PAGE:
Wordsworth wrote, "The Child is Father of the man," reportedly as he watched his young son play in the mud, likely countering his parental urge to re-direct his child to tidier play, and touching on the powerful impact children have on each of our lives -- shaping our very understanding of ourselves, each other, our families and the world at large. The capacity to work with all individuals, be they children or adults, is rooted in an appreciation for and understanding of children. A child is certainly not a blank slate, nor a helpless, powerless being. On the contrary, each child brings a profound capacity to shape those around them, and in turn be shaped by those in his or her life. Thus general psychiatry training is only enhanced when it continues in the form of a child and adolescent psychiatry training program, offering the clinician a window into factors and forces leading to adulthood’s psychological ease and disease. Our aim in this training program is to help general psychiatry residents or clinicians deepen their appreciation of childhood, and the impact that each individual childhood has on lifelong development and future psychological outcomes, so that each clinician becomes a more effective caregiver.
In this program, residents will gain a wealth of knowledge about the many forces that shape our children, and impact developmental outcomes. The power of psychosocial and environmental factors is examined, as well as the biological diathesis. Residents learn how to step back from hasty assumptions about a young patient or a family, and strive to truly understand deeply the meaning, context, and etiology of emotional and behavioral issues brought to the attention of the clinician.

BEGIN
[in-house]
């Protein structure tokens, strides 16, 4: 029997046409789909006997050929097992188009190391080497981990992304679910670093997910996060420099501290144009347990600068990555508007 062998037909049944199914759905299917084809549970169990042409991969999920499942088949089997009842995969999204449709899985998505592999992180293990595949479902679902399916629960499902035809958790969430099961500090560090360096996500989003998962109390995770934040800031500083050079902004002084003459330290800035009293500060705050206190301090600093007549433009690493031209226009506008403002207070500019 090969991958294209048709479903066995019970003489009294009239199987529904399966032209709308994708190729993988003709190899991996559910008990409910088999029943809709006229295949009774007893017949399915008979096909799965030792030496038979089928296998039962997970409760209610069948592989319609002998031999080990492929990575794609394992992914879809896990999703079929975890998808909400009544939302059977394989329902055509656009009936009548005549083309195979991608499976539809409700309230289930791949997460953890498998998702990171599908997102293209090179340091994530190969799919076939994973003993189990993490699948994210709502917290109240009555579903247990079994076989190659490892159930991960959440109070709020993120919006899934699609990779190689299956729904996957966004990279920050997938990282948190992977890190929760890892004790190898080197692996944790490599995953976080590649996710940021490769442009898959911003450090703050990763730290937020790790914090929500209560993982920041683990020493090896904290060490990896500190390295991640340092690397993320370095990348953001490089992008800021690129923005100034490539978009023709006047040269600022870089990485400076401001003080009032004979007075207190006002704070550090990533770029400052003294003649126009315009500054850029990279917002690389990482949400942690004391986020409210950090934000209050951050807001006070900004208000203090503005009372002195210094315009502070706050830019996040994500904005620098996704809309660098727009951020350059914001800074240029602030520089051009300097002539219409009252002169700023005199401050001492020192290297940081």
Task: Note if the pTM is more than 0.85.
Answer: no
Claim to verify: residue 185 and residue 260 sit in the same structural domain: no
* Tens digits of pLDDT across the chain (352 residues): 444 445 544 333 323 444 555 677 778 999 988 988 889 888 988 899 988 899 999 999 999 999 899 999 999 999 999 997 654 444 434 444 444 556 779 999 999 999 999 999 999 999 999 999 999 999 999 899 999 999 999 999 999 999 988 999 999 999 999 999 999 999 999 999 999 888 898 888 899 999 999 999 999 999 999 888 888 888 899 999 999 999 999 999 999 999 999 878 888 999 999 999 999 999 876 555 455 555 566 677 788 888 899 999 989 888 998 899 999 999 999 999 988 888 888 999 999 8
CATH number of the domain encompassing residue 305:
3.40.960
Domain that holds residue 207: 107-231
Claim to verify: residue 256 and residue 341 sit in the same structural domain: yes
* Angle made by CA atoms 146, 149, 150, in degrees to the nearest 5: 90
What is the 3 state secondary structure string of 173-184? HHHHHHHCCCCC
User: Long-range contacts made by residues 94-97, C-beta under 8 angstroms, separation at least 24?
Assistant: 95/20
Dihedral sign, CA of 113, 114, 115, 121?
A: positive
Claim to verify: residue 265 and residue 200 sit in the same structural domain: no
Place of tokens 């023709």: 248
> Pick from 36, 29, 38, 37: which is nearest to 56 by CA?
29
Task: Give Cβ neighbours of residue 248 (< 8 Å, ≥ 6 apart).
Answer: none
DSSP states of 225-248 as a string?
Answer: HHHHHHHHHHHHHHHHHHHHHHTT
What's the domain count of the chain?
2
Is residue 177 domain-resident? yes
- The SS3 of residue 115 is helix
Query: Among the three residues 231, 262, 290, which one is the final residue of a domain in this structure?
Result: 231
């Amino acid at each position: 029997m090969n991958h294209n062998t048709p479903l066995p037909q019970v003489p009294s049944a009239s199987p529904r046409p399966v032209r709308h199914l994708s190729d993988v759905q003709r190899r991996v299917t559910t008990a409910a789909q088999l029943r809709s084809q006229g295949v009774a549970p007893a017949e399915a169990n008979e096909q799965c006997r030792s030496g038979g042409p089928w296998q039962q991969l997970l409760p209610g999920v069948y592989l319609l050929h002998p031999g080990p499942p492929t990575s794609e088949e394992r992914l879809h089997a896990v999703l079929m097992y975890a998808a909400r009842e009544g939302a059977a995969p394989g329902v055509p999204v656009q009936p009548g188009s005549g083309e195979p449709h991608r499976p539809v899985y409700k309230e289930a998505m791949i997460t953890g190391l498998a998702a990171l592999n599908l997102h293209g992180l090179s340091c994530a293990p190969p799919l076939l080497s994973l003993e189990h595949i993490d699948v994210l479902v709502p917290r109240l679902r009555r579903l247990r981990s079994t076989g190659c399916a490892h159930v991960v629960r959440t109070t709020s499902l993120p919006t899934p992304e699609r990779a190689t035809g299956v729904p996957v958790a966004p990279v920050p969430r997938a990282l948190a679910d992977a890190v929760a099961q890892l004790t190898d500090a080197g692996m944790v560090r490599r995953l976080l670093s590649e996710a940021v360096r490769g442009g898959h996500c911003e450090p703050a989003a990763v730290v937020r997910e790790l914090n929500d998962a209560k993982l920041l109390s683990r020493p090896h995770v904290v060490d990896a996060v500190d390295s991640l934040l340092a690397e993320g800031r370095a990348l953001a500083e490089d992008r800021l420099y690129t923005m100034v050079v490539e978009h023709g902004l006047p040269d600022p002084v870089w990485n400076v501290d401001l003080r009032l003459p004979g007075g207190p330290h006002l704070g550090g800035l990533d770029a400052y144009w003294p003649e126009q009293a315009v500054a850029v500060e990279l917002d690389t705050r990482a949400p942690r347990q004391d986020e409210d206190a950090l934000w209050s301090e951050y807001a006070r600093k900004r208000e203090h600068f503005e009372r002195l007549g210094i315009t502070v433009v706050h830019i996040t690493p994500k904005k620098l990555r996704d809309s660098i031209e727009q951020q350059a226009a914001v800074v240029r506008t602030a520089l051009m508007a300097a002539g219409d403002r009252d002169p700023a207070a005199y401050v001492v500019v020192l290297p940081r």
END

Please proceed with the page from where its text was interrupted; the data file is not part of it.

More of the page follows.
Our residents work with a wide socioeconomic spectrum of patients and are exposed to a wealth of psychosocial, psychotherapeutic, and psychopharmacologic treatments. Our program embraces many evidence-based treatment frames, and provides an in-depth exposure to each. Child and adolescent psychiatrists are trained in an array of psychotherapeutic modalities including cognitive behavioral therapy, behavioral therapy, family therapy, and psychodynamic models. They are also trained in an evidence-based approach to the utilization of psychopharmacological interventions. Former residents report being well equipped to enter their first positions after training, and to embark on a path of lifelong learning and growth, be it either as an academic scholar/teacher, a clinician or a researcher.
We welcome all applicants interested in deepening their approach to their patient care, and learning how to better understand each child and family including the reciprocal impact each has on the other and on the clinician. We strive to shape each resident’s interpersonal capacity for reaching out to the child or guardian in an effort to see the world from the patient’s vantage point. We seek applicants able and willing to “play” with their young patients and to engage their families as a path to forming a sturdy alliance, gaining clinical wisdom and ultimately a therapeutic outcome along the way.Peter T. Daniolos, MD
Clinical Associate Professor
Department of Psychiatry
University of Iowa